The intermediate COCOMO model recognizes this fact and refines the initial estimate obtained using the basic COCOMO expressions by using a set of 15 cost drivers (multipliers) based on various attributes of software development.

For example, if modern programming practices are used, the initial estimates are scaled downward by multiplication with a cost driver having a value less than 1. If there are stringent reliability requirements on the software product, this initial estimate is scaled upward. Boehm requires the project manager to rate these 15 different parameters for a particular project on a scale of one to three. Then, depending on these ratings, he suggests appropriate cost driver values which should be multiplied with the initial estimate obtained using the basic COCOMO.

In general, the cost drivers can be classified as being attributes of the following items:

  • Product: The characteristics of the product that are considered include the inherent complexity of the product, reliability requirements of the product, etc.

  • Computer: Characteristics of the computer that are considered include the execution speed required, storage space required etc. Personnel: The attributes of development personnel that are considered include the experience level of personnel, programming capability, analysis capability, etc.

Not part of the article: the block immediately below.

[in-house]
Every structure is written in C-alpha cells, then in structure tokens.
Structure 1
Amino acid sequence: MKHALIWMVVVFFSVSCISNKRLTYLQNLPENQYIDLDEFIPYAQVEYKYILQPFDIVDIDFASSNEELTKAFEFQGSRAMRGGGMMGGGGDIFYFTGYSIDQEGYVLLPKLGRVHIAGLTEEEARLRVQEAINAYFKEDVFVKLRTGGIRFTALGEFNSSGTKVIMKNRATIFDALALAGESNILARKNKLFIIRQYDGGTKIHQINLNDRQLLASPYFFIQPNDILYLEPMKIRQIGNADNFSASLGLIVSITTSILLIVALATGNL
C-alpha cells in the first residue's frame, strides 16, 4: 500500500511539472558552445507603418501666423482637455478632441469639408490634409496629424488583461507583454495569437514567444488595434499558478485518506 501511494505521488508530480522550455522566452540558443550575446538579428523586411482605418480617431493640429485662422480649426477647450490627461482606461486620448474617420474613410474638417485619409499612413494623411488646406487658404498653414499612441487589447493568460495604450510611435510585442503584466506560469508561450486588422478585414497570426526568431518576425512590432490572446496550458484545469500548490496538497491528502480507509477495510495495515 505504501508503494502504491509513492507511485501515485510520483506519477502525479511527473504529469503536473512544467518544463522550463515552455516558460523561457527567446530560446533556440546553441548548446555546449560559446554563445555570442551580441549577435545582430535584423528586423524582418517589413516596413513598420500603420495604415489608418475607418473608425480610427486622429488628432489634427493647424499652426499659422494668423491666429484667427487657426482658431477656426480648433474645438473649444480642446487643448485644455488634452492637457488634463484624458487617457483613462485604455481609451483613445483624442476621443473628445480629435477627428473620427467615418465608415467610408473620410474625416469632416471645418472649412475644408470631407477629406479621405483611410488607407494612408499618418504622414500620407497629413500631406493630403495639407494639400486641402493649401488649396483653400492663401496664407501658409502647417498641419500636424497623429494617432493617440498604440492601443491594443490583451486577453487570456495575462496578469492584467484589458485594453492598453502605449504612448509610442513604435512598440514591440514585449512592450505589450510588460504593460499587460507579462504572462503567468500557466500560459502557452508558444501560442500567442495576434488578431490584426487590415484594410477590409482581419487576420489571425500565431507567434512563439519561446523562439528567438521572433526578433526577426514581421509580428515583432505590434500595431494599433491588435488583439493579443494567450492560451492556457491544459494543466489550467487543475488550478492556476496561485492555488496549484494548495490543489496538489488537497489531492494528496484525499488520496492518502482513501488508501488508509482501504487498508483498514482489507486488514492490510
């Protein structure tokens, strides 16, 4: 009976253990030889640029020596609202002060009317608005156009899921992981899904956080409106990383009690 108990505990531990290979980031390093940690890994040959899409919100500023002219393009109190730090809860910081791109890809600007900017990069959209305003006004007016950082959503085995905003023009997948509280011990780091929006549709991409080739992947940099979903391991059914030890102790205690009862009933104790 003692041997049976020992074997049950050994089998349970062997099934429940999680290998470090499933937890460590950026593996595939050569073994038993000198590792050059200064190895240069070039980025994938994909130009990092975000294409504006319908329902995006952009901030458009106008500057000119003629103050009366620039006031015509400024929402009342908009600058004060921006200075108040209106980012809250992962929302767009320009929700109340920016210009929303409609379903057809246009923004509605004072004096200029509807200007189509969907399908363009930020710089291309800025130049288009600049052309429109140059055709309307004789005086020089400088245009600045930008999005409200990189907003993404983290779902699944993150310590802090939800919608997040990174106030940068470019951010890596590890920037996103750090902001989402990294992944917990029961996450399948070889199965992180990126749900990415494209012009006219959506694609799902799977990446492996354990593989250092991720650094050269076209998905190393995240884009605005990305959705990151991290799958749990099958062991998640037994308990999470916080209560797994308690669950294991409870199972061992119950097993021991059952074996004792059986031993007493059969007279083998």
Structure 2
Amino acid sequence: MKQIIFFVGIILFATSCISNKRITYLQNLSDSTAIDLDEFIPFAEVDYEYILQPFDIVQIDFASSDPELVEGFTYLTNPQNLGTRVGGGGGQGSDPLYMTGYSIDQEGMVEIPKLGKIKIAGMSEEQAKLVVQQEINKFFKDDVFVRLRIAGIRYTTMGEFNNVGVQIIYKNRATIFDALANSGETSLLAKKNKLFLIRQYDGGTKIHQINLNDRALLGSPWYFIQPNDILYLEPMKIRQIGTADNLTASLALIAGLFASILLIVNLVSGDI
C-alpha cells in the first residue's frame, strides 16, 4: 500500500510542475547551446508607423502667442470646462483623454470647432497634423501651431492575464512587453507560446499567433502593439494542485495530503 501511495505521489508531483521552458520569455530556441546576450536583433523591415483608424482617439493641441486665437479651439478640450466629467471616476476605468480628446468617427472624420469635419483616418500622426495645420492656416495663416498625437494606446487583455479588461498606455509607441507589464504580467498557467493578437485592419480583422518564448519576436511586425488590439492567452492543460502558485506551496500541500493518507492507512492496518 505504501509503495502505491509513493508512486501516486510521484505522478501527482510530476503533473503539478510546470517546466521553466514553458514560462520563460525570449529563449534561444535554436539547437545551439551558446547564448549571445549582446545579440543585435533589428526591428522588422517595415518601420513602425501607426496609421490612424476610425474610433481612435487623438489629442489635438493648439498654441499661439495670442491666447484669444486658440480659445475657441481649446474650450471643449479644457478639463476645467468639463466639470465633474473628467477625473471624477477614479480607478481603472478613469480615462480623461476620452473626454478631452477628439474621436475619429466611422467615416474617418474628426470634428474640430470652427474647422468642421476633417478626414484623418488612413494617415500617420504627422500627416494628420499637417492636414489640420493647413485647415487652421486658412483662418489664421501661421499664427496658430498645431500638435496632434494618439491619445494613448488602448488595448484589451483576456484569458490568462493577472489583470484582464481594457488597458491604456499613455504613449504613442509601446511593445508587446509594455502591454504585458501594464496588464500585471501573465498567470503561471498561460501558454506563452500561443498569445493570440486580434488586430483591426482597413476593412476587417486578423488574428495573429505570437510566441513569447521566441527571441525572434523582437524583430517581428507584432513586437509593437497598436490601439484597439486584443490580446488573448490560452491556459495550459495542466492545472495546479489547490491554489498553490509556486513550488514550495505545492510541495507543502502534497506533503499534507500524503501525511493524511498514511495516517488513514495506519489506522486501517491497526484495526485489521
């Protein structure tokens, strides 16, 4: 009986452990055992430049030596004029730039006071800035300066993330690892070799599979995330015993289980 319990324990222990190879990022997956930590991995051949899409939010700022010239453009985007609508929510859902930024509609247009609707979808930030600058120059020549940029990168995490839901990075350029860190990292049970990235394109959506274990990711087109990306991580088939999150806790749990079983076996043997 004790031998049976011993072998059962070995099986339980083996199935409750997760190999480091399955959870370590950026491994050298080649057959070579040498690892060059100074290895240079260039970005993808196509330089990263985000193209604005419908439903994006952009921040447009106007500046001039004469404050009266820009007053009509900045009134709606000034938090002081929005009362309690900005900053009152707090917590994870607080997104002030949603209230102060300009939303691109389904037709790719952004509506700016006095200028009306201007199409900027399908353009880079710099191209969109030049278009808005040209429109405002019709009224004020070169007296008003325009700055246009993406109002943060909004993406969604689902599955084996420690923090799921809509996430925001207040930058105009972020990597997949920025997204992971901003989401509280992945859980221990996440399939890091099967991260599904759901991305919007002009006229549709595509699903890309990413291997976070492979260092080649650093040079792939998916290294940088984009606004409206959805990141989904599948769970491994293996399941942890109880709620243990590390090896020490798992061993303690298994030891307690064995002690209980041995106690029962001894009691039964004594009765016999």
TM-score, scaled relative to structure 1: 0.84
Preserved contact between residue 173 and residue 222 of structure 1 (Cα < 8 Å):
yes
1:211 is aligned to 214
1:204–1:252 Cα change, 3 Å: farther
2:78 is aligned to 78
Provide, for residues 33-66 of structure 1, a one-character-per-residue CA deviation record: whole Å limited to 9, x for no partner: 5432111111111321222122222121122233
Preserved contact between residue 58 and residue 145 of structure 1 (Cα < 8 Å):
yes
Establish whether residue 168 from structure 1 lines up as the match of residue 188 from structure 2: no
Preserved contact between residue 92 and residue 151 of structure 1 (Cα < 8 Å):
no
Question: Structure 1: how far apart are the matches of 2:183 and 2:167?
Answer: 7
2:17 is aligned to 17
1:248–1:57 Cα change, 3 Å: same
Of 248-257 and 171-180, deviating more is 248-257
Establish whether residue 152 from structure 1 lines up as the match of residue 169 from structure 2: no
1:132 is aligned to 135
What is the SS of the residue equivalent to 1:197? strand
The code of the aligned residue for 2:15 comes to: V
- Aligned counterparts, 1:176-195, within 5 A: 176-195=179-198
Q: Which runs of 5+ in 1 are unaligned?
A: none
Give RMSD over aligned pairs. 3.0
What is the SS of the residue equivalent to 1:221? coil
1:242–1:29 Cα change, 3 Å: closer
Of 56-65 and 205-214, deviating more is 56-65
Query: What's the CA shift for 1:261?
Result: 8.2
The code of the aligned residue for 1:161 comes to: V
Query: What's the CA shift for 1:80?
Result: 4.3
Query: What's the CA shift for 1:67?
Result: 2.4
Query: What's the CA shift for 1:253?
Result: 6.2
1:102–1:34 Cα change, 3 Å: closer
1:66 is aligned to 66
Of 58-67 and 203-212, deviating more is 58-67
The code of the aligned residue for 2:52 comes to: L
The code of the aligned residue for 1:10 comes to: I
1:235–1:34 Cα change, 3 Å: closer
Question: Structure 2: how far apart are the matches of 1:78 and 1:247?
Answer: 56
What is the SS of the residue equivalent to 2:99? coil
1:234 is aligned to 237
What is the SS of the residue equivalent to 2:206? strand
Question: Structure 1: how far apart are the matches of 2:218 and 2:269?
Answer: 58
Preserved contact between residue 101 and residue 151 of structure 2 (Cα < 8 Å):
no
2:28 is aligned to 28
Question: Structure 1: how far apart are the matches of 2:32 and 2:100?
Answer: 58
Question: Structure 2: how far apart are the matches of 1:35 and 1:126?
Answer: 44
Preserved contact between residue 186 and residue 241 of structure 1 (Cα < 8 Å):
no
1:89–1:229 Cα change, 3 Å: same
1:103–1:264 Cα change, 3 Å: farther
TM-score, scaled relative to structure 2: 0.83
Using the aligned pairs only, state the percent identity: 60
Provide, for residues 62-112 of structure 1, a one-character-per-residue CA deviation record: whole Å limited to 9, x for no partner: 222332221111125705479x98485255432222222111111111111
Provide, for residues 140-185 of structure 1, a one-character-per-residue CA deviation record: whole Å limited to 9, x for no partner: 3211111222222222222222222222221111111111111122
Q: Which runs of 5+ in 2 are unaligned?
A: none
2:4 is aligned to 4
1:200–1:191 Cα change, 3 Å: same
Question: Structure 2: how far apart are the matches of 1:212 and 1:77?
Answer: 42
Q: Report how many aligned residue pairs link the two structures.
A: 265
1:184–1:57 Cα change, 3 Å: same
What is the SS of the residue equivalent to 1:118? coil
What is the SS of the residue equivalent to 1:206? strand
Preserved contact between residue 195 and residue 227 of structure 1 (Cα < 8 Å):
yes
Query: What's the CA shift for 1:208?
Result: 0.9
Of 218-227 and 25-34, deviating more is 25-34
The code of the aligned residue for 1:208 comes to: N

• Development Environment: Development environment attributes capture the development facilities available to the developers. An important parameter that is considered is the sophistication of the automation (CASE) tools used for software development.

Complete COCOMO model

A major shortcoming of both the basic and intermediate COCOMO models is that they consider a software product as a single homogeneous entity. However, most large systems are made up of several smaller sub-systems. These subsystems may have widely different characteristics.

For example, some subsystems may be considered as organic type, some semi-detached, and some embedded. Not only that the inherent development complexity of the subsystems may be different, but also for some subsystems the reliability requirements may be high, for some the development team might have no previous experience of similar development, and so on.

The complete COCOMO model considers these differences in characteristics of the subsystems and estimates the effort and development time as the sum of the estimates for the individual subsystems. The cost of each subsystem is estimated separately. This approach reduces the margin of error in the final estimate.

The following development project can be considered as an example application of the complete COCOMO model. A distributed Management Information System (MIS) product for an organization having offices at several places across the country can have the following sub-components:

  • Database part
  • Graphical User Interface (GUI) part
  • Communication part

Of these, the communication part can be considered as embedded software. The database part could be semi-detached software, and the GUI part organic software. The costs for these three components can be estimated separately, and summed up to give the overall cost of the system.

Also Read: COCOMO Model

Reference: COCOMO Model [NPTEL]